U.S. government debt prices were mostly flat on Tuesday as investors digested the latest release of U.S. economic data and comments from Federal Reserve Governor Jerome Powell.
The case for a rate hike has clearly strengthened since the central bank's last meeting, Powell said in prepared remarks at an event in Washington, D.C.
While Powell said he thinks that the Fed's patience in raising rates has paid dividends, he warned that moving too slowly could eventually mean that the Federal Open Market Committee would have to abruptly tighten policy to avoid overshooting its goals.
The yield on the benchmark 10-year Treasury notes, which moves inversely to price, was roughly flat near 2.306 percent, while the yield on the 30-year Treasury bond was slightly lower at 2.951 percent.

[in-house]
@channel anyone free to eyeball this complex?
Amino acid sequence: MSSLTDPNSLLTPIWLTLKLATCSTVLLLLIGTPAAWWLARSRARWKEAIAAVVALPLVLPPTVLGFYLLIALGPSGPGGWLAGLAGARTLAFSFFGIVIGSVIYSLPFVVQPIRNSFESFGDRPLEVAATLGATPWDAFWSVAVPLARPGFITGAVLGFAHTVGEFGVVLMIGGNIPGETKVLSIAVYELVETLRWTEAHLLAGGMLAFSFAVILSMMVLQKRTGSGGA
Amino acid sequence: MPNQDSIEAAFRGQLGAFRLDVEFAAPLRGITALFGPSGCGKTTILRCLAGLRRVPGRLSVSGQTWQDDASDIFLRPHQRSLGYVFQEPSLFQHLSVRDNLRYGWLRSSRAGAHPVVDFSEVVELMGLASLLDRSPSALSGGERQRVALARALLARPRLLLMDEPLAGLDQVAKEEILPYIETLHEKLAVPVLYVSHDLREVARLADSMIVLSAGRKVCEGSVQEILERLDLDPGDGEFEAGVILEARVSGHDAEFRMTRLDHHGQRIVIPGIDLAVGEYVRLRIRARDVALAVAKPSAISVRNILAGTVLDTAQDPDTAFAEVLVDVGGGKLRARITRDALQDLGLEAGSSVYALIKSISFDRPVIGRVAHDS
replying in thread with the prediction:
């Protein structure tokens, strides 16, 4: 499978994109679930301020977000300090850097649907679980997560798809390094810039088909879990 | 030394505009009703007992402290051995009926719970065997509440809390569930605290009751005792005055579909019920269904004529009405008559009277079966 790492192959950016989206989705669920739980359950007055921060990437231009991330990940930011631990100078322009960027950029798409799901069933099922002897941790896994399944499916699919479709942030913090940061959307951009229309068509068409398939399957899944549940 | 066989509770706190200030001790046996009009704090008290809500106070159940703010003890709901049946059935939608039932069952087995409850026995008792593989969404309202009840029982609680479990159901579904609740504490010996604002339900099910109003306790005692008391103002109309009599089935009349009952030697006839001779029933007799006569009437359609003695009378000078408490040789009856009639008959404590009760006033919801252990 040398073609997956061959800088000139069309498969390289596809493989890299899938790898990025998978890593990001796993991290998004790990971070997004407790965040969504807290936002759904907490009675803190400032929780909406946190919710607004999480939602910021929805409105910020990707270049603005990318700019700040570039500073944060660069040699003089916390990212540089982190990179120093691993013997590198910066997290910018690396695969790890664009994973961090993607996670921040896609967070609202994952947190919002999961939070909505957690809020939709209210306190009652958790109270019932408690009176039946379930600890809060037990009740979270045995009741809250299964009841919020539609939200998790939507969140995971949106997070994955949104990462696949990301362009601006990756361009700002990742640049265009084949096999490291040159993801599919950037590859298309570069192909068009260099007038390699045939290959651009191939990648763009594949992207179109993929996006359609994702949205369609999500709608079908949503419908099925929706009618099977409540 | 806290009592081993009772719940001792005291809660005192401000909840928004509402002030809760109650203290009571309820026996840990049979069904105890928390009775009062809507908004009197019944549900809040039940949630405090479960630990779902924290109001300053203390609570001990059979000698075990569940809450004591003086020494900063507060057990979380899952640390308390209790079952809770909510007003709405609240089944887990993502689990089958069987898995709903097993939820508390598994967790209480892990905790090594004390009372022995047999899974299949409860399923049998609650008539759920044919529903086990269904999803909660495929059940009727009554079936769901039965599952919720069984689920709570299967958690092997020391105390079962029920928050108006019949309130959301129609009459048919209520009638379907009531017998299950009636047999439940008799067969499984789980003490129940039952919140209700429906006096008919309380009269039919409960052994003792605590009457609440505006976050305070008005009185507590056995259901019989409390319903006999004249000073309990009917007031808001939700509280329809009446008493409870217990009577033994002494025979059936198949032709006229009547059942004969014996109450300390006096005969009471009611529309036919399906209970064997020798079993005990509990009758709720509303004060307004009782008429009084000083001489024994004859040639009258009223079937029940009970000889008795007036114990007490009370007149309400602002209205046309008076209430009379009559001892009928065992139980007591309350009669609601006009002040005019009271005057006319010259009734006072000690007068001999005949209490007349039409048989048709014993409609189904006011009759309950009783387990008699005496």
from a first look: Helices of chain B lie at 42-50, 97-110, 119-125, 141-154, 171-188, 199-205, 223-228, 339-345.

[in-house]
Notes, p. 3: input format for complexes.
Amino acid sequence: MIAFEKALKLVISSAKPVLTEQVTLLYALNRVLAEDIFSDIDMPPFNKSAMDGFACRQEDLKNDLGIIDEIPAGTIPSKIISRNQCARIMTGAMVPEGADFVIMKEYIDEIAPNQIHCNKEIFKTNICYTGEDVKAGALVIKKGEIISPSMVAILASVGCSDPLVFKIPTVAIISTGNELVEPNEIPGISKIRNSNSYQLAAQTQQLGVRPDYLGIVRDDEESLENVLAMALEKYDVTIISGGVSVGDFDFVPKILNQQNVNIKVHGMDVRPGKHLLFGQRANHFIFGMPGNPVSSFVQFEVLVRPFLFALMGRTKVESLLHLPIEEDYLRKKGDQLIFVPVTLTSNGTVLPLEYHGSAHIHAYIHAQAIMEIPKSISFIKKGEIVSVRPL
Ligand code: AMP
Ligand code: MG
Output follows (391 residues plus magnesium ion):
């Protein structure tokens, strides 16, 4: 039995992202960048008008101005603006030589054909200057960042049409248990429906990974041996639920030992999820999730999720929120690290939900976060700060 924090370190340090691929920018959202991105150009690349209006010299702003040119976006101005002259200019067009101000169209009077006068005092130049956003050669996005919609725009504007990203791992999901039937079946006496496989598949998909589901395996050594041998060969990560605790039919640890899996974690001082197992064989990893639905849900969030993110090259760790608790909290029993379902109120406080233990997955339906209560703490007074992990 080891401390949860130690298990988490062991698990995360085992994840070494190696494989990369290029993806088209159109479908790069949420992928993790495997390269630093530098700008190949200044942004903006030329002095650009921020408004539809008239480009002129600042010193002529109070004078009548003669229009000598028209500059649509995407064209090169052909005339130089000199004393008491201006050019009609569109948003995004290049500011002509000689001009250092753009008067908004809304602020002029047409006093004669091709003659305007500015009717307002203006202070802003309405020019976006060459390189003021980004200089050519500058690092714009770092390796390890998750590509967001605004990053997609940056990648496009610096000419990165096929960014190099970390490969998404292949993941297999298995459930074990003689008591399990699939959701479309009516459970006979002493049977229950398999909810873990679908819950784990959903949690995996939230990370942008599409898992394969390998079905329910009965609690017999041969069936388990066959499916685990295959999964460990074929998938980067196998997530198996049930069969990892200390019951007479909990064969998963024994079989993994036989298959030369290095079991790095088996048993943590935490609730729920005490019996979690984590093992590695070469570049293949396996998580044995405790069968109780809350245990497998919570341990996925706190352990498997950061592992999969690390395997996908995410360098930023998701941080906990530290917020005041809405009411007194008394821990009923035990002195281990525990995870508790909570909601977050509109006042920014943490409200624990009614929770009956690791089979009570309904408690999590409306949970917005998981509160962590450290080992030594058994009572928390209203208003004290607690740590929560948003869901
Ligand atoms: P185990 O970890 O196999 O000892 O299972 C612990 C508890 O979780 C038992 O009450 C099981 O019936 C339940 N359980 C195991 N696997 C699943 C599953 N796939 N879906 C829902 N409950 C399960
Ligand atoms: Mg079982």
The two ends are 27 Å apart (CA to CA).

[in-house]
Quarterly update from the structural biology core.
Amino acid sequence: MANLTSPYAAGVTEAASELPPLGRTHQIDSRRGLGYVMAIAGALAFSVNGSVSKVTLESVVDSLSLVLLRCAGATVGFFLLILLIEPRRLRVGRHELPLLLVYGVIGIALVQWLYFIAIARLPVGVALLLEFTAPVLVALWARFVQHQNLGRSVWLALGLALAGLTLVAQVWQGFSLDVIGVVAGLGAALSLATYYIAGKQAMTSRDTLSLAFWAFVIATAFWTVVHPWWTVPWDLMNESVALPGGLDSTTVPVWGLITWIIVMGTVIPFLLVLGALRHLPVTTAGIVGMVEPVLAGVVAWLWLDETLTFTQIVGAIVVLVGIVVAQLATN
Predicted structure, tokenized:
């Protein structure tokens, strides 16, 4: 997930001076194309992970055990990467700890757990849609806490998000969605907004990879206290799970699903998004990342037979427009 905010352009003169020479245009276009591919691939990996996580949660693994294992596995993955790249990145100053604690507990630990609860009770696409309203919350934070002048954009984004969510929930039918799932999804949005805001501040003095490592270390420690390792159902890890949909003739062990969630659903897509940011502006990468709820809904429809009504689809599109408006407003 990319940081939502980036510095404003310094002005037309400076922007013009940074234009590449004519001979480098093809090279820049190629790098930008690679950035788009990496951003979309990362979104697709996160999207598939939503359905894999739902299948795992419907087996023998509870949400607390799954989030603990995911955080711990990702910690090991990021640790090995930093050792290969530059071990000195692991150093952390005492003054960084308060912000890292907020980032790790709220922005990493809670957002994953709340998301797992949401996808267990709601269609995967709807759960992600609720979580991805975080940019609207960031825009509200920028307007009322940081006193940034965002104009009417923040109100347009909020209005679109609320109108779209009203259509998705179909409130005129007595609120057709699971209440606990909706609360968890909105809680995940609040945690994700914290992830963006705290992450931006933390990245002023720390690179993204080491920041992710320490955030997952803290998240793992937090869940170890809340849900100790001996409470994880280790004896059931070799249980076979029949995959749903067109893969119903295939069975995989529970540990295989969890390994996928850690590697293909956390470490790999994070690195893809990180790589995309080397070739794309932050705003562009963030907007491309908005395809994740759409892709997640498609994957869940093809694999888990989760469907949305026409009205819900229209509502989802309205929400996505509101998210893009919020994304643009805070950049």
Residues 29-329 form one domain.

Revised third-quarter gross domestic product (GDP) data showed the U.S. economy grew at an annualized rate of 3.2 percent. Other data released Tuesday included the S&P Core Logic Case-Shiller index, which showed U.S. home prices gained 5.5 percent in September. The Consumer confidence index for November came in at 107.1, well above expectations.
Economic data has been at the forefront for investors as they brace themselves for a possible interest rate hike from the Federal Reserve next month. According to the CME Group's FedWatch tool, market expectations for a December rate hike are above 95 percent.
In oil markets, U.S. crude settled down 3.9 percent at $45.23 a barrel.
Oil prices slipped on Tuesday after investors viewed the leading oil exporters to be struggling to agree a deal to cut production in an attempt to reduce global supply, according to a Reuters report.
OPEC is set to meet in Vienna, Austria on Wednesday and traders will be keeping a close eye on announcements regarding an oil production cut. In September, OPEC had outlined a deal to cut output by approximately 1 million barrels per day.